ADDITION: Paramount - Region FREE Blu-ray - March 2012: Yes - this is a solid upgrade. The SD was never very favorable to Chinatown's appearance - but Paramount's brighter dual-layered transfer has a high bitrate and supports the film well with superior contrast and detail plus colors are tighter and more robust. The murkiness of the video-like DVDs have been replaced with a sharper, if not pristine, and far more authentic film-like presentation. Chinatown is still very thick looking but now in 1080P this seems far more 'comfortable' than out-of-place as it was with the previous digital releases.

It sports lossless options via Dolby TrueHD in 5.1 at 3019 kbps and a less robust stereo 2.0 channel. The surround offers some minor separations and a few more bombastic ones. There are also foreign language DUBs available. Audio is another notable step forward. The presence of Jerry Goldsmith's score seems more prominent and sounds crisp and moody via the uncompressed. There are optional subtitles and the Paramount Blu-ray disc is Region FREE.

Fans are really treated with a commentary with Robert Towne and David Fincher who square off as a vibrant discussion pair to talk about Chinatown. This is a great was to celebrate the film reaching Blu-ray status. There is also a lengthy (1 1/4 hour) 3-part documentary on 'Water and Power' and its implications in bringing it into the Greater Los Angeles area (Towne takes a tour of the Aqueduct) as well as a nice 'Appreciation' lasting 25-minutes with input by many including Steven Soderbergh, Roger Deakins, James Newton Howard and others. The rest are the three previously released featurettes (Chinatown: The Beginning and the End, Chinatown: Filming and Chinatown: The Legacy) lasting over an hour. The above supplements are all in 480i but there is an HD trailer included and 8-pages of liner notes featuring an essay and color photos.

Chinatown is a film that only improves with repeat viewings as you find more and more to appreciate with its endless layers of neo-noir darkness. This Blu-ray package has a ton of value and we strongly recommend it!

Gary Tooze

***

The New SE: Video:
The new Chinatown (still 2.35:1 anamorphic widescreen) looks cleaner, brighter, sharper, and more detailed than previous DVD releases. Colors are quite lush, and there is a little bit more of the image on the sides depending on the shots.

Audio: You get the same DD 5.1 English audio track that appeared on the previous R1 edition. It does a decent job of easing the constriction of old mono technology, but obviously, it can’t compete with today’s wide dynamic ranges. Purists can opt for the original DD 2.0 mono English track (restored to remove hiss, pops, and other wear-and-tear defects).

Coded for Regions 1 and 4 (North and South America), a language menu appears when the disc loads. Selecting English, French, Spanish, or Portuguese determines the audio that accompanies the movie (though the Main Menu is in English). Thus, you can watch Chinatown with DD 2.0 mono French, Spanish, and Portuguese dubs. Optional English, French, Spanish, and Portuguese subtitles as well as optional English closed captions support the audio.

Extras: “Chinatown: The Beginning and the End” is a retrospective overview of the production. You get interviews with key personnel like Roman Polanski, Robert Evans, Robert Towne, and Jack Nicholson.

Chinatown: Filming” features Polanski and Nicholson talking about specifics such as cinematography, make-up, and on-set frustrations.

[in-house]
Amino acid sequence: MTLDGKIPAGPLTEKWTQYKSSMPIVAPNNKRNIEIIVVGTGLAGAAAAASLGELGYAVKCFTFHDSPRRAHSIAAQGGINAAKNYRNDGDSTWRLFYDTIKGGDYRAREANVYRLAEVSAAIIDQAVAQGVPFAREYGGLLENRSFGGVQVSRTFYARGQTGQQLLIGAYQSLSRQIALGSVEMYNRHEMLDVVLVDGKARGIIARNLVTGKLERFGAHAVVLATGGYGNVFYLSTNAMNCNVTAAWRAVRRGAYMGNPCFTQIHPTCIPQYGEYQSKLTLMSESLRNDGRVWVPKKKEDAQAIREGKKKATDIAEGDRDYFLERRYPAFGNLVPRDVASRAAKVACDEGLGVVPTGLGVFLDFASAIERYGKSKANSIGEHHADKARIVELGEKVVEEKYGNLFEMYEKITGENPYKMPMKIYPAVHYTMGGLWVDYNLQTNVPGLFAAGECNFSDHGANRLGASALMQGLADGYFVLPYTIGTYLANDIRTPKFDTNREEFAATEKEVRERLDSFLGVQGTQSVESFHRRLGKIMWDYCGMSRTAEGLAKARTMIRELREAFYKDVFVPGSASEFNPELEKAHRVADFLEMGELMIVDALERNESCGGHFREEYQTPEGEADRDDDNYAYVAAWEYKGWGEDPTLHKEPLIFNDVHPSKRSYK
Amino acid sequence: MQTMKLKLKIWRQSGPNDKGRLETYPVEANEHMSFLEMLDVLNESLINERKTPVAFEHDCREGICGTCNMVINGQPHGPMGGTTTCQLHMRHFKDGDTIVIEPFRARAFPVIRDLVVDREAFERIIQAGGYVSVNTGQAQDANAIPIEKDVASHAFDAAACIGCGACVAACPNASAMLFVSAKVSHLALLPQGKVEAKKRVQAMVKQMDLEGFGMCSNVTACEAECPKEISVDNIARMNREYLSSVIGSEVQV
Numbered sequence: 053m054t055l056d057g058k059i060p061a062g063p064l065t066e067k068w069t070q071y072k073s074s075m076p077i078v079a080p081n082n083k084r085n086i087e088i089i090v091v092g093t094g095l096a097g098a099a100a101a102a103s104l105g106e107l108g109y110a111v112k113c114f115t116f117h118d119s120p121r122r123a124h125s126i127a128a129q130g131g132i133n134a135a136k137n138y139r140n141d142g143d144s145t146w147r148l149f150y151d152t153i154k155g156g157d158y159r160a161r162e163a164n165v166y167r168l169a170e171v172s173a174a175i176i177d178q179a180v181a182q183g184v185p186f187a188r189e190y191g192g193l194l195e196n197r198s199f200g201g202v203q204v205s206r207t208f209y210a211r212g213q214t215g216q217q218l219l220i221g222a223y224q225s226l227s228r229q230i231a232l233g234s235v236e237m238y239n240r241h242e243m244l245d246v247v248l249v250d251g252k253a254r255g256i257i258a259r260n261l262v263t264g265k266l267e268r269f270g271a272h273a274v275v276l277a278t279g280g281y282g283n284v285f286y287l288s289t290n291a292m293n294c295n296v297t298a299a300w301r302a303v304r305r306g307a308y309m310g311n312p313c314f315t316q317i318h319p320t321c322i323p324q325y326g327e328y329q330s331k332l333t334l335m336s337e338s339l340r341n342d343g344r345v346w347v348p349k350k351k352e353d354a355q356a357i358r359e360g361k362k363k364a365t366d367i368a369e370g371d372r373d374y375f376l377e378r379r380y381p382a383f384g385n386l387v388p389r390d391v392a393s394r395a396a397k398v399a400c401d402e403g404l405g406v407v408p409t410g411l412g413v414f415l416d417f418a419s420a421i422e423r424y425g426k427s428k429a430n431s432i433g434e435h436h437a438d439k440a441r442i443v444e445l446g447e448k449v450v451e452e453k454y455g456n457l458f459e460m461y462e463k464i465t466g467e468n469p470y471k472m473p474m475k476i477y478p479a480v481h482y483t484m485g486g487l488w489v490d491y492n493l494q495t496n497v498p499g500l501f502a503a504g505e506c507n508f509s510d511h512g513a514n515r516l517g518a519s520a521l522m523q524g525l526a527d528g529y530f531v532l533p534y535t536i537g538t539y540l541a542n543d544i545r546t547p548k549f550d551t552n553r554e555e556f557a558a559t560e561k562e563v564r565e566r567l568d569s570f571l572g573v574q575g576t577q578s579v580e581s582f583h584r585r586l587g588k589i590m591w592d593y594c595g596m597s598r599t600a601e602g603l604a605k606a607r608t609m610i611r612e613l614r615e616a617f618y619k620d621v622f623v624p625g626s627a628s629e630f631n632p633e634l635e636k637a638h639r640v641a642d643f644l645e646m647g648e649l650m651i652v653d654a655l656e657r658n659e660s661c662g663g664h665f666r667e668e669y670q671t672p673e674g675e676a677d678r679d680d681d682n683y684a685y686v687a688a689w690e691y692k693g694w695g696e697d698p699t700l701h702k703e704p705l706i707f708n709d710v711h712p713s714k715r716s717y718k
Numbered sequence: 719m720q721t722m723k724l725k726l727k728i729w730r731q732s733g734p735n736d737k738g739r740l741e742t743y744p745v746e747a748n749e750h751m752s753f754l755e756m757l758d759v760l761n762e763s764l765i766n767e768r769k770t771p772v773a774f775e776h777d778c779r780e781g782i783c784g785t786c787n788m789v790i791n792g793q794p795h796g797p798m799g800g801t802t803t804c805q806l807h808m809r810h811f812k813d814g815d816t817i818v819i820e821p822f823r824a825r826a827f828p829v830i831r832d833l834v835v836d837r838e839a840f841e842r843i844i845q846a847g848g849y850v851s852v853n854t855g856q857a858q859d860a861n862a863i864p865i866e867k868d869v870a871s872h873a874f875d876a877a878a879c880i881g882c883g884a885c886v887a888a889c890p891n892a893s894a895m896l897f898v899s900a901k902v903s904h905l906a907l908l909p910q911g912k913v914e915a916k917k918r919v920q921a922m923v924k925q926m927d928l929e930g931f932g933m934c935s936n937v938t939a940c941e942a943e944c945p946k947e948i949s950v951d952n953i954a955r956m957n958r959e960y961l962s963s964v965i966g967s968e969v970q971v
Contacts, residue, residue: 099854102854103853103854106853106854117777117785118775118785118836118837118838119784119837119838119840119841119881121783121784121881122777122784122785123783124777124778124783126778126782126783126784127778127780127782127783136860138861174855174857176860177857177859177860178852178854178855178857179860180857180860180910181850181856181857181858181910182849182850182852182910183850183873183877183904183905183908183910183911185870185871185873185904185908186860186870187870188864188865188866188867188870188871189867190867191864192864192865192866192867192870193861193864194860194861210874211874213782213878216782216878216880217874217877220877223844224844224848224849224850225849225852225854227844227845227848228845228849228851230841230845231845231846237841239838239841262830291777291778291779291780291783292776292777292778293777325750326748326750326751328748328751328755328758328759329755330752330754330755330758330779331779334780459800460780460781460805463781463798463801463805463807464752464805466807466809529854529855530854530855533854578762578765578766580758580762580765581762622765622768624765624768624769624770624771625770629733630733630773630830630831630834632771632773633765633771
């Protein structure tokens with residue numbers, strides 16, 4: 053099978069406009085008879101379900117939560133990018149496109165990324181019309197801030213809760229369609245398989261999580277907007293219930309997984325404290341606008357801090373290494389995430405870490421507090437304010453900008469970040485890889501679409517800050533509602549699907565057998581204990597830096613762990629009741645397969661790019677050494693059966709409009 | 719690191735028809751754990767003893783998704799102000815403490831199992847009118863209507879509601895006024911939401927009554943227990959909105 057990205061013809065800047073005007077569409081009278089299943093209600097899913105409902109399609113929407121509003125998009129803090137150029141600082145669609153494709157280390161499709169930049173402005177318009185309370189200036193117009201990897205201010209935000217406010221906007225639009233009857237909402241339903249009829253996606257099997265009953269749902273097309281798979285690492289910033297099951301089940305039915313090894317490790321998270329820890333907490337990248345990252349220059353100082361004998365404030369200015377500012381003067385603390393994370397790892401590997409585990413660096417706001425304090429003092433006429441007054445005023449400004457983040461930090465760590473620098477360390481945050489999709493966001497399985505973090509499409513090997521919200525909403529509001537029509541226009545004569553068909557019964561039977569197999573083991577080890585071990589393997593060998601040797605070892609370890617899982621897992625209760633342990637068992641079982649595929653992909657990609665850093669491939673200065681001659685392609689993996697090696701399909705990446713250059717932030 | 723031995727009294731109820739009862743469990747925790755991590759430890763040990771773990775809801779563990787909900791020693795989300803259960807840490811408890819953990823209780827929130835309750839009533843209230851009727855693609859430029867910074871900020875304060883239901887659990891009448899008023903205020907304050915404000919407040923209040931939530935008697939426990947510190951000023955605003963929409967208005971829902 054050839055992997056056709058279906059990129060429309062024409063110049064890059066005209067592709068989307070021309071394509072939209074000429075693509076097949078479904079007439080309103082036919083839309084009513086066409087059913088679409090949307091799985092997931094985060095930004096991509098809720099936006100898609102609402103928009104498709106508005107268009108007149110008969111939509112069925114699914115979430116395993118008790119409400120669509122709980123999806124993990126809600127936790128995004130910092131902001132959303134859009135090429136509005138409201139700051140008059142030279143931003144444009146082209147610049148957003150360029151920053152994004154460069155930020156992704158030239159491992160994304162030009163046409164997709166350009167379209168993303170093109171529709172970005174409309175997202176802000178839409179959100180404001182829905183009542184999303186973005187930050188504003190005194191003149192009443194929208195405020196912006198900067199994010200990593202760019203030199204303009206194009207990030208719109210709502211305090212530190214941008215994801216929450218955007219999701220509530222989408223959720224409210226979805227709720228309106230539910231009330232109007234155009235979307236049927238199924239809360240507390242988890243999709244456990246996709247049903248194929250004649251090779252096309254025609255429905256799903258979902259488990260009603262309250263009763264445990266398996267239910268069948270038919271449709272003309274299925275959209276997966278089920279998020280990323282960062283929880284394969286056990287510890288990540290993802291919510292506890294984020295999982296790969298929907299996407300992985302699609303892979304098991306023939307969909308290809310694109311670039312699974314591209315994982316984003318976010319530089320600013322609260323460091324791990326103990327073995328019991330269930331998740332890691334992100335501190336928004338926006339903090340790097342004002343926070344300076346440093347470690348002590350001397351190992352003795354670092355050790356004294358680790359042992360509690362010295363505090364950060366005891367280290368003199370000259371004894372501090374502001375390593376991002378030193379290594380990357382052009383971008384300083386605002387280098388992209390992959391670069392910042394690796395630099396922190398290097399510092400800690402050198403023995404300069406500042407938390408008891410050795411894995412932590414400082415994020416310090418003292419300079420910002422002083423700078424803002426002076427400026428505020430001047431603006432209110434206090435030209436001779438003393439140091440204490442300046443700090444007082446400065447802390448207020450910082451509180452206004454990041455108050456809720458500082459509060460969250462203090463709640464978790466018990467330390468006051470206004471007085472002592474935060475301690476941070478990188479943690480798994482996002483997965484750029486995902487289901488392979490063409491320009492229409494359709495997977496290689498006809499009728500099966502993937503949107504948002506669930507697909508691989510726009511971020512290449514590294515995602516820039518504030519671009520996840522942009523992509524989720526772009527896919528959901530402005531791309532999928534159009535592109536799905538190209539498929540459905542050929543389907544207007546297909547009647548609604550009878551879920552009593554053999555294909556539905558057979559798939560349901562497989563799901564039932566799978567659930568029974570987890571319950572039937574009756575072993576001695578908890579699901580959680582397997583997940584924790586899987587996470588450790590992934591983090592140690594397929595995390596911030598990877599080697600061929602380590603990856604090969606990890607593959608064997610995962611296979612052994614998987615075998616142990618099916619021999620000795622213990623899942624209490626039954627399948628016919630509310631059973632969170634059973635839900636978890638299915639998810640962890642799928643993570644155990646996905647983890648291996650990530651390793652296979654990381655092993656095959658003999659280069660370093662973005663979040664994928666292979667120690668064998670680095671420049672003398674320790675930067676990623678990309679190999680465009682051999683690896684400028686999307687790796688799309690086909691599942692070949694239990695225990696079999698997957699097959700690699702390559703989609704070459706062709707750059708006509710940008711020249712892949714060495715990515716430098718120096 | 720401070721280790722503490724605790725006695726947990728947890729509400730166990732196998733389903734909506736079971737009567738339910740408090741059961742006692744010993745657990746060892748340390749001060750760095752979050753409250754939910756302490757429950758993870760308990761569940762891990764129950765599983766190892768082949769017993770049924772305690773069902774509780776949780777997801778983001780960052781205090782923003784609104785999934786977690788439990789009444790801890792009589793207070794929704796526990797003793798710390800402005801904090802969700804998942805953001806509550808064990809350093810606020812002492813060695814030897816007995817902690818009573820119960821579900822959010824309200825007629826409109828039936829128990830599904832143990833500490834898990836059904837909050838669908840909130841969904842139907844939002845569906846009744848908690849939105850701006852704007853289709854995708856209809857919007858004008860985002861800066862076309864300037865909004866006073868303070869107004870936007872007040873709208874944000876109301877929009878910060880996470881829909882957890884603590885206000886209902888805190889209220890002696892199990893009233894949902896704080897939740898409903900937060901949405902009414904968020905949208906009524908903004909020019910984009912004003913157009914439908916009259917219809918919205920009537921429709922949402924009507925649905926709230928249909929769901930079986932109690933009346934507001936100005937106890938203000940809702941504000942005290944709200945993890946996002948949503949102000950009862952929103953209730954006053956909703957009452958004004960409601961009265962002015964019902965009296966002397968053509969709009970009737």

In “Chinatown: The Legacy”, Polanski talks about how he viewed working on the movie as a job rather than as a pet project. Robert Evans, Robert Towne, and Jack Nicholson also talk about how they were unsure of the movie’s ability to succeed. However, as Polanski observes, time has been kind to Chinatown.

Finally, you get an anamorphic widescreen trailer of terrible quality. It gives you a sense of how lucky we are to have this new DVD release.

(You’ll have to hang on to the previous DVD for that disc’s retrospective interviews.)

--Miscellaneous--
This time around, you don’t get an insert with chapter listings.

Yunda Eddie Feng

BOTTOM LINE: It's a steal at less than $11.

****

About the PAL edition: The picture is perhaps a little bit too soft, but everything else is stellar. The original audio track is excellent as well.

The only extras we get are the retrospective interviews and the trailer. Both are nice additions, although nothing to make a loop for.

 - C.P. Czarnecki

The image, like on the region 1 release is very weak and muddy. We can hope this will be re-issued possibly with a commentary or a 2nd disc of features.

Gary Tooze

 


Menus

 

(Paramount - Region 2 - PAL LEFT vs. Paramount (Special Collector's Edition) - Region 1, 4 - NTSC RIGHT)
 

 

 

Paramount - Region FREE - Blu-ray

 


CLICK EACH BLU-RAY CAPTURE TO SEE ALL IMAGES IN FULL 1920X1080 RESOLUTION

 

Screen Captures

 

1) Paramount - Region 2 - PAL TOP

2) Paramount (Special Collector's Edition) - Region 1, 4 - NTSC MIDDLE

3) Paramount - Region FREE - Blu-ray - BOTTOM

 

Subtitle sample

 


1) Paramount - Region 2 - PAL TOP

2) Paramount (Special Collector's Edition) - Region 1, 4 - NTSC MIDDLE

3) Paramount - Region FREE - Blu-ray - BOTTOM

 


1) Paramount - Region 2 - PAL TOP

2) Paramount (Special Collector's Edition) - Region 1, 4 - NTSC MIDDLE

3) Paramount - Region FREE - Blu-ray - BOTTOM

 


1) Paramount - Region 2 - PAL TOP

2) Paramount (Special Collector's Edition) - Region 1, 4 - NTSC MIDDLE

3) Paramount - Region FREE - Blu-ray - BOTTOM

 


1) Paramount - Region 2 - PAL TOP

2) Paramount (Special Collector's Edition) - Region 1, 4 - NTSC MIDDLE

3) Paramount - Region FREE - Blu-ray - BOTTOM

 


1) Paramount - Region 2 - PAL TOP

2) Paramount (Special Collector's Edition) - Region 1, 4 - NTSC MIDDLE

3) Paramount - Region FREE - Blu-ray - BOTTOM

 


More Blu-ray Captures

 

 

Box Cover

The Original Region 1 release:

Distribution

Paramount

Region 2 - PAL

Paramount

Region 1,4 - NTSC

Paramount

Region FREE - Blu-ray